Book Image

Repeatability, Reliability, and Scalability through GitOps

By : Bryan Feuling
Book Image

Repeatability, Reliability, and Scalability through GitOps

By: Bryan Feuling

Overview of this book

The world of software delivery and deployment has come a long way in the last few decades. From waterfall methods to Agile practices, every company that develops its own software has to overcome various challenges in delivery and deployment to meet customer and market demands. This book will guide you through common industry practices for software delivery and deployment. Throughout the book, you'll follow the journey of a DevOps team that matures their software release process from quarterly deployments to continuous delivery using GitOps. With the help of hands-on tutorials, projects, and self-assessment questions, you'll build your knowledge of GitOps basics, different types of GitOps practices, and how to decide which GitOps practice is the best for your company. As you progress, you'll cover everything from building declarative language files to the pitfalls in performing continuous deployment with GitOps. By the end of this book, you'll be well-versed with the fundamentals of delivery and deployment, the different schools of GitOps, and how to best leverage GitOps in your teams.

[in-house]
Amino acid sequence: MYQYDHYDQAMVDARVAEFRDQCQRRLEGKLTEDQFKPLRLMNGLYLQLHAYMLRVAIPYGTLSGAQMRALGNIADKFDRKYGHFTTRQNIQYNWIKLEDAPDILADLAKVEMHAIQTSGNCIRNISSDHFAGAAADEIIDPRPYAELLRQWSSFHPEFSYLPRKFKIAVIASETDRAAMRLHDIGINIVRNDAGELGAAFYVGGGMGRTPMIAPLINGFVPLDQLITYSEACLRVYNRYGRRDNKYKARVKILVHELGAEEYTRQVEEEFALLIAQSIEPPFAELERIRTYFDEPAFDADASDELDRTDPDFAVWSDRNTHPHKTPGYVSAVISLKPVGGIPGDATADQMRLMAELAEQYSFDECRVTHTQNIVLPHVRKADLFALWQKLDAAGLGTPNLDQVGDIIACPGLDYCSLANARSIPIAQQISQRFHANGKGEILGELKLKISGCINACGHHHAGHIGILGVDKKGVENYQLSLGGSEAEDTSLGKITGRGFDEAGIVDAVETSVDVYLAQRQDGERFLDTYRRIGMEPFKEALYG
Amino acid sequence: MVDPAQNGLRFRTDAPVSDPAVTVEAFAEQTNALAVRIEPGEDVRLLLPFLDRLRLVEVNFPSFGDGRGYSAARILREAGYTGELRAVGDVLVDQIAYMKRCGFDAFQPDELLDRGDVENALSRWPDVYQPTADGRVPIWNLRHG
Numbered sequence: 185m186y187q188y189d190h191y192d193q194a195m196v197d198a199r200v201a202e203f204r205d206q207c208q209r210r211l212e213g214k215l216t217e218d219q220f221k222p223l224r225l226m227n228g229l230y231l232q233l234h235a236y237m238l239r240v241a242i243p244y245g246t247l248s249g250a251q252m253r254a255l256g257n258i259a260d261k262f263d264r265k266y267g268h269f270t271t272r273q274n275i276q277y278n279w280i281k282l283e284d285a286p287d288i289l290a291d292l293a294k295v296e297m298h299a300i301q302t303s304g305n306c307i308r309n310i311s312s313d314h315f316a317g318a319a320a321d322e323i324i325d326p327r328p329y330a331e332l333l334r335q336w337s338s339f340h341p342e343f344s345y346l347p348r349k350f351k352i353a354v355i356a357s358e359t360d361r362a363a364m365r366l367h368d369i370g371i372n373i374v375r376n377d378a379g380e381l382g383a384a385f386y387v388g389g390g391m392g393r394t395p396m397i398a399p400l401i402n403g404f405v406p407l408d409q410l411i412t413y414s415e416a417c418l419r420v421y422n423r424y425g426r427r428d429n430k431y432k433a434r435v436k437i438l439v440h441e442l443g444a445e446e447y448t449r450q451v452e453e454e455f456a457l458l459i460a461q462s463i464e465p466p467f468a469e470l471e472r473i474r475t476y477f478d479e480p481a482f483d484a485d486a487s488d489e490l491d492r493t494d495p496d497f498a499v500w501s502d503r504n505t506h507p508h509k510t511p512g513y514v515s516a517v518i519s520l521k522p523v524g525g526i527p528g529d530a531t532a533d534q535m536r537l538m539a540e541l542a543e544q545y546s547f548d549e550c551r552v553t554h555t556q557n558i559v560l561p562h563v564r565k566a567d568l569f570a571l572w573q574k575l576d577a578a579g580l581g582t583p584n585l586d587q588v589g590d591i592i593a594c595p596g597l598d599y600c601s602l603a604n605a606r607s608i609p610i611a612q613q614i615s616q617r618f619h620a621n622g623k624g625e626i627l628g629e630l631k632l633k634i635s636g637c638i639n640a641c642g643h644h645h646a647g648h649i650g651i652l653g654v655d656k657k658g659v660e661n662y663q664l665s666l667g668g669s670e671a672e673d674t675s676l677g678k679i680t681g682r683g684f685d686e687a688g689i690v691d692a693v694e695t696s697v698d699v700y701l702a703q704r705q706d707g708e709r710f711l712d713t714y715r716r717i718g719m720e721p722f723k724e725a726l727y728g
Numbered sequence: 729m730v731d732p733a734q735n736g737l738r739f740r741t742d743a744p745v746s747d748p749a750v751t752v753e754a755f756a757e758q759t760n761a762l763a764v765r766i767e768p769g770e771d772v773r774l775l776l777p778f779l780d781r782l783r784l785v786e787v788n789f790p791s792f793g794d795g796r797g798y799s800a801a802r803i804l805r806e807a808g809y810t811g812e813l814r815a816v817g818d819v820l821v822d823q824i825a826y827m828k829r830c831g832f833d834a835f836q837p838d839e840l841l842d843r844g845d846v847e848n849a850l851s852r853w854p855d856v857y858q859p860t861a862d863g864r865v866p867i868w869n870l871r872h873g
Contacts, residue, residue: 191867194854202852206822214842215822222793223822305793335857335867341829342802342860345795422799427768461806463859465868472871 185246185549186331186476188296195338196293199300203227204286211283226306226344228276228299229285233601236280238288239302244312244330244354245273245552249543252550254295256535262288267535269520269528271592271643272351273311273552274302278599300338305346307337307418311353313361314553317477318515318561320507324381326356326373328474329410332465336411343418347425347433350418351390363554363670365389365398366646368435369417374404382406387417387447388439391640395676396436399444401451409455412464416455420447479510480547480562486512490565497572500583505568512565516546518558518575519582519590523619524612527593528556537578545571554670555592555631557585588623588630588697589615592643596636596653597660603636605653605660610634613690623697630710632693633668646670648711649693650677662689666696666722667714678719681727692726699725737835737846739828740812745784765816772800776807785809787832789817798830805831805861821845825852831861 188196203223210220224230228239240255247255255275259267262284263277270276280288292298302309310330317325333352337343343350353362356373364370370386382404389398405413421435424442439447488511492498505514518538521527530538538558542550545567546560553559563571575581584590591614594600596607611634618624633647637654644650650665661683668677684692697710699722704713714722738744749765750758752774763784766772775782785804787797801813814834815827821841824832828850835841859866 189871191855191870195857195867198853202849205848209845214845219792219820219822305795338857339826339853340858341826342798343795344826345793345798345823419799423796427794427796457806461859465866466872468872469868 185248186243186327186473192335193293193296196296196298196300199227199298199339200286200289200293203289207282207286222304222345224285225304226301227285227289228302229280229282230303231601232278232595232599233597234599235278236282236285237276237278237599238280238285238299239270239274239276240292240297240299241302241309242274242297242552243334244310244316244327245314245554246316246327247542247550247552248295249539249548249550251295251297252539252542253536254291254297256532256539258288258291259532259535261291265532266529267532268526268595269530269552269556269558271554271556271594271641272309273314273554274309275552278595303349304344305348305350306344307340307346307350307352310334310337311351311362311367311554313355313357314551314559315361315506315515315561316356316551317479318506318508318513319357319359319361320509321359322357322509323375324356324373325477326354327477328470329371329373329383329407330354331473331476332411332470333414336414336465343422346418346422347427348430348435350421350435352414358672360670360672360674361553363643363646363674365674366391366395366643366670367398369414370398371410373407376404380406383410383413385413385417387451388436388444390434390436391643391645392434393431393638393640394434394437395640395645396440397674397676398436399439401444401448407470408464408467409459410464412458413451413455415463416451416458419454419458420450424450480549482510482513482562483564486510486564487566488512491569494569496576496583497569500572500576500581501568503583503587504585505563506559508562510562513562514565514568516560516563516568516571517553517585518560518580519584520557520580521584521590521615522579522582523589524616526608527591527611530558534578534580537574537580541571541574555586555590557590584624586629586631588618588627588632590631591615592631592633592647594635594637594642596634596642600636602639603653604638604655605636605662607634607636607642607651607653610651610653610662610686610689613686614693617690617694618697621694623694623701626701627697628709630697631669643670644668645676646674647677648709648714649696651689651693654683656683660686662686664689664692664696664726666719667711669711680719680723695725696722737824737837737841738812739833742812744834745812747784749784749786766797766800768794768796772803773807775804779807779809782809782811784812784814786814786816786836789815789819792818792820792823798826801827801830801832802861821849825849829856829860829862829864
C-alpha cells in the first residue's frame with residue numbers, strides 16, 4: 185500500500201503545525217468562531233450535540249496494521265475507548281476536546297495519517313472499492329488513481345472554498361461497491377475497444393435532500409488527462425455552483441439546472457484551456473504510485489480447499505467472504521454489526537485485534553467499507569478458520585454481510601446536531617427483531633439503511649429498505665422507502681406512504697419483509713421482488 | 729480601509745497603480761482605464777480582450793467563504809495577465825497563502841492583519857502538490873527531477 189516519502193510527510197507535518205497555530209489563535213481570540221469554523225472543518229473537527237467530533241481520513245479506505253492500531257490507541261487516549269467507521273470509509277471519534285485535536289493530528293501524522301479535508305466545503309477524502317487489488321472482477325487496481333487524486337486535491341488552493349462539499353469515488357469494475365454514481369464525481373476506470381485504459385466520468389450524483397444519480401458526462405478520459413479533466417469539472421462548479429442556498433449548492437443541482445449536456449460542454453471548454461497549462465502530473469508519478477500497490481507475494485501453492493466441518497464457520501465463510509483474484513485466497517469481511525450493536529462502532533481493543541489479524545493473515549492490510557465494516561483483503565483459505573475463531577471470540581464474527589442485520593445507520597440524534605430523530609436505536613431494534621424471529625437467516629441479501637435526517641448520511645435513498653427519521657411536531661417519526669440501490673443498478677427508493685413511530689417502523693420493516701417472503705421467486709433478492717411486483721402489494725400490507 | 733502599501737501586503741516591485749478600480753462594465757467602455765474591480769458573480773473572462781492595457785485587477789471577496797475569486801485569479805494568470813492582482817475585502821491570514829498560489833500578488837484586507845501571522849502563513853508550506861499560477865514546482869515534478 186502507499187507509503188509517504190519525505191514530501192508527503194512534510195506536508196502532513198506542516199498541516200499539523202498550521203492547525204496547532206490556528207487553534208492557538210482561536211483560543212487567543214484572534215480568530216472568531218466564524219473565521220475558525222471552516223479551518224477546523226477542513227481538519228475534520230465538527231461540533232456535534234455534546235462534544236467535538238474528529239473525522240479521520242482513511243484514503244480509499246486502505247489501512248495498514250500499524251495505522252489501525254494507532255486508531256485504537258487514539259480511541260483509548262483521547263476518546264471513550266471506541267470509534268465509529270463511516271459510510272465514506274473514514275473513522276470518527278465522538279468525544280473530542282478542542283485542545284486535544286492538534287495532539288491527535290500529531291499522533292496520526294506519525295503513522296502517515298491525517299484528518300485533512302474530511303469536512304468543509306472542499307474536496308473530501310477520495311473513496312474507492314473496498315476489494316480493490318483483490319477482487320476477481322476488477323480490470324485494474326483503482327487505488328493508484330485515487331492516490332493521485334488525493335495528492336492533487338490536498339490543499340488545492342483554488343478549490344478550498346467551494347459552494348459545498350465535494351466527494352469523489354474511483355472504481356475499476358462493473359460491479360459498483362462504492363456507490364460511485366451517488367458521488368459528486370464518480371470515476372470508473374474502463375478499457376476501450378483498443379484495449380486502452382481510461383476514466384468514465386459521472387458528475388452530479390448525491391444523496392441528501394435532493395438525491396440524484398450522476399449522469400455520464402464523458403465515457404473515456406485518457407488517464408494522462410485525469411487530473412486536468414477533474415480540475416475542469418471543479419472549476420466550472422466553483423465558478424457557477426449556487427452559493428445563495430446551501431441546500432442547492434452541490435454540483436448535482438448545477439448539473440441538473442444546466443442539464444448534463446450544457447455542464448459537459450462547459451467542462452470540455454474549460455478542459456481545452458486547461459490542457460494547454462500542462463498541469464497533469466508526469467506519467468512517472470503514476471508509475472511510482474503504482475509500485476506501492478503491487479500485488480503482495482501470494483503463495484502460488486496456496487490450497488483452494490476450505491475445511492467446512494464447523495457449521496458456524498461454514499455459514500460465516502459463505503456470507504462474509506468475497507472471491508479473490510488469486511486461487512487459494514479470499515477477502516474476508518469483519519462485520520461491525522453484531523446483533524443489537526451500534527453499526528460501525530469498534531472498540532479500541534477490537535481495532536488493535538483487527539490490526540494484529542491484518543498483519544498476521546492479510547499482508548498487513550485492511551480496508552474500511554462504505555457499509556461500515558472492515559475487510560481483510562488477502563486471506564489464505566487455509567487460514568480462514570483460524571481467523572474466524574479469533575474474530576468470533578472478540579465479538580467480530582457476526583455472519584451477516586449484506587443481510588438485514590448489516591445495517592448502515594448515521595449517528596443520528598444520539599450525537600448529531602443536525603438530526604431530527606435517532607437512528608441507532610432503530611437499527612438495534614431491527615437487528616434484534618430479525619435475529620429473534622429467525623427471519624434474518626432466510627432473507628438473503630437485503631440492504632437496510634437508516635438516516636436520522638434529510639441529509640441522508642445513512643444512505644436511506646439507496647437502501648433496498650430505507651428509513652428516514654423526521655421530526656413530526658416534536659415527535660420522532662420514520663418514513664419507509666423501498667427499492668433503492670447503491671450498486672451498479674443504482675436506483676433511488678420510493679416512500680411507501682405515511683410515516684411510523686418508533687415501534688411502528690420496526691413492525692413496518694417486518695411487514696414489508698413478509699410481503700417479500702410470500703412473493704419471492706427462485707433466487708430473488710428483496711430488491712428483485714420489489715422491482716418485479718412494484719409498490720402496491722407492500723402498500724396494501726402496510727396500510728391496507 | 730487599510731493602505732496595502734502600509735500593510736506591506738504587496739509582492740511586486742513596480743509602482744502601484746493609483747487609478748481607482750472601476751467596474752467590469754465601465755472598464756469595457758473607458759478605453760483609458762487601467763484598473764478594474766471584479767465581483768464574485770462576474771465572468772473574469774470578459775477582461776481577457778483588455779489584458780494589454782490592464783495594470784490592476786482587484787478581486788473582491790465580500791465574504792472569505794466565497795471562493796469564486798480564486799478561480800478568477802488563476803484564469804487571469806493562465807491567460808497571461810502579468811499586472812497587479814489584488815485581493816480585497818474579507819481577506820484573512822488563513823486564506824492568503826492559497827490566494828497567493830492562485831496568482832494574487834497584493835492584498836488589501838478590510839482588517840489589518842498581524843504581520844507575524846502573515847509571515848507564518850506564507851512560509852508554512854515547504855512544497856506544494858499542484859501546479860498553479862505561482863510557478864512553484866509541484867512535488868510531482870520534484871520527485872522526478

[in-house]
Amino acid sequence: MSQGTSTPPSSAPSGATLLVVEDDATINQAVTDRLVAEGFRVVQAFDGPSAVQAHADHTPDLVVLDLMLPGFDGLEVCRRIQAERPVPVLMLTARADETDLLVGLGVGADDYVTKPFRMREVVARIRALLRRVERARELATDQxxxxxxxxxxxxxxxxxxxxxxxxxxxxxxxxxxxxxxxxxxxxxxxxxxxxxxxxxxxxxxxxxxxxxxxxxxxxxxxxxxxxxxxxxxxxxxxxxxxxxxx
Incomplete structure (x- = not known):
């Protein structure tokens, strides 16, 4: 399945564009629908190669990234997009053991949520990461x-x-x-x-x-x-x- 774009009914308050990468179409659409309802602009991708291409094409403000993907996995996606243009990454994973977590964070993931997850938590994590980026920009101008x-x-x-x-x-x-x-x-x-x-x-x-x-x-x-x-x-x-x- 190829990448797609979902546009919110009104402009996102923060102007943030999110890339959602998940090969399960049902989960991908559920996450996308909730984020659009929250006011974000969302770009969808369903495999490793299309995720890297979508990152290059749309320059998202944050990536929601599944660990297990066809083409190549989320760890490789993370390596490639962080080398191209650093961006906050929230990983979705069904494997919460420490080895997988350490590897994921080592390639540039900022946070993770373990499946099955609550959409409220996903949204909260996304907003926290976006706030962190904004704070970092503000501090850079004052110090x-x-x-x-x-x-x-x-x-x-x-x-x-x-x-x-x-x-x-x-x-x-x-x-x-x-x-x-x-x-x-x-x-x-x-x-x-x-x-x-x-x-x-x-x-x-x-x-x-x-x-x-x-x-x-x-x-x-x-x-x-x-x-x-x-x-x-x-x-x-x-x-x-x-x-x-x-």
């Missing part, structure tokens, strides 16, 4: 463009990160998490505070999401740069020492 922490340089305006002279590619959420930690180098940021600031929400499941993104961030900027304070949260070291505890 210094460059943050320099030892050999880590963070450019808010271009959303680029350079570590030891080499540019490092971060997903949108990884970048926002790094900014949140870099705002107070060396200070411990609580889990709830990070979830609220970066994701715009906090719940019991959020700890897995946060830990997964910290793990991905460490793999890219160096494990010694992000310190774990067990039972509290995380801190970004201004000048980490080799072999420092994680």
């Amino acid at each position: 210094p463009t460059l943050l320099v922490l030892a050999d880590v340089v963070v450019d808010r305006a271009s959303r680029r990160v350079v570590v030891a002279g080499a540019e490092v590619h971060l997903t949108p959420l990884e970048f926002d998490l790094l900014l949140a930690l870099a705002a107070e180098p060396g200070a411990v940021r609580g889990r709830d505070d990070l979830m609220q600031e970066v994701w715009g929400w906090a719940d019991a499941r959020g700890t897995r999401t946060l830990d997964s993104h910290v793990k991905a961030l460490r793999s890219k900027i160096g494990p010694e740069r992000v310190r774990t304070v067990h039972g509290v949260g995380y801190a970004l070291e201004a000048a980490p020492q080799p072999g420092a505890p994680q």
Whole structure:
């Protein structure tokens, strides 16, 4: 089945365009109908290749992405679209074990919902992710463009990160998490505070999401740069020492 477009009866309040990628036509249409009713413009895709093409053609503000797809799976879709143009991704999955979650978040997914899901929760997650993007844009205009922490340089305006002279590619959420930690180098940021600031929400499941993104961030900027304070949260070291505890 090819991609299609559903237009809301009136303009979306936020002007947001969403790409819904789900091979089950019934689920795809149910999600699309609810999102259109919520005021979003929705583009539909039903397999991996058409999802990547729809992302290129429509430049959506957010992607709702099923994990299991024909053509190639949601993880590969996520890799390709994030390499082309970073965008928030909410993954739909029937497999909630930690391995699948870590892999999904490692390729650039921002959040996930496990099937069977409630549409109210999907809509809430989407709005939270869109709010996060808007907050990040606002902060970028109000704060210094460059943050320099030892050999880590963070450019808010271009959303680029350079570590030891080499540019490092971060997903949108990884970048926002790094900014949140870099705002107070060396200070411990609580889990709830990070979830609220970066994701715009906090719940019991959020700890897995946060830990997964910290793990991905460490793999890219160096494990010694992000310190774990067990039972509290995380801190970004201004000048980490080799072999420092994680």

Table of Contents (17 chapters)
Section 1: Fundamentals of GitOps
Section 2: GitOps Types, Benefits, and Drawbacks
Section 3: Hands-On Practical GitOps

Mapping out the process

The DevOps team had already settled on two different potential solutions for applying GitOps practices to their delivery process. One of the tools, Ansible, is open source and allows the team to achieve their GitOps requirements without any licensing cost. The other tool, Harness, is not an open source tool and requires the company to purchase licenses. Harness also allows the team to achieve continuous delivery with GitOps, and with significantly less setup, configuration, and administration than Ansible.

As the deliberation over whether Harness will be purchased or not continues, the DevOps team is finding that they have less and less time to get their first iteration of the process ready and usable by the other engineers. To make the solution setup and configuration easier, they decide to map out their process, tools, platforms, security requirements, and so on. They know that a cloud platform and their data centers will all need to be supported. The artifacts...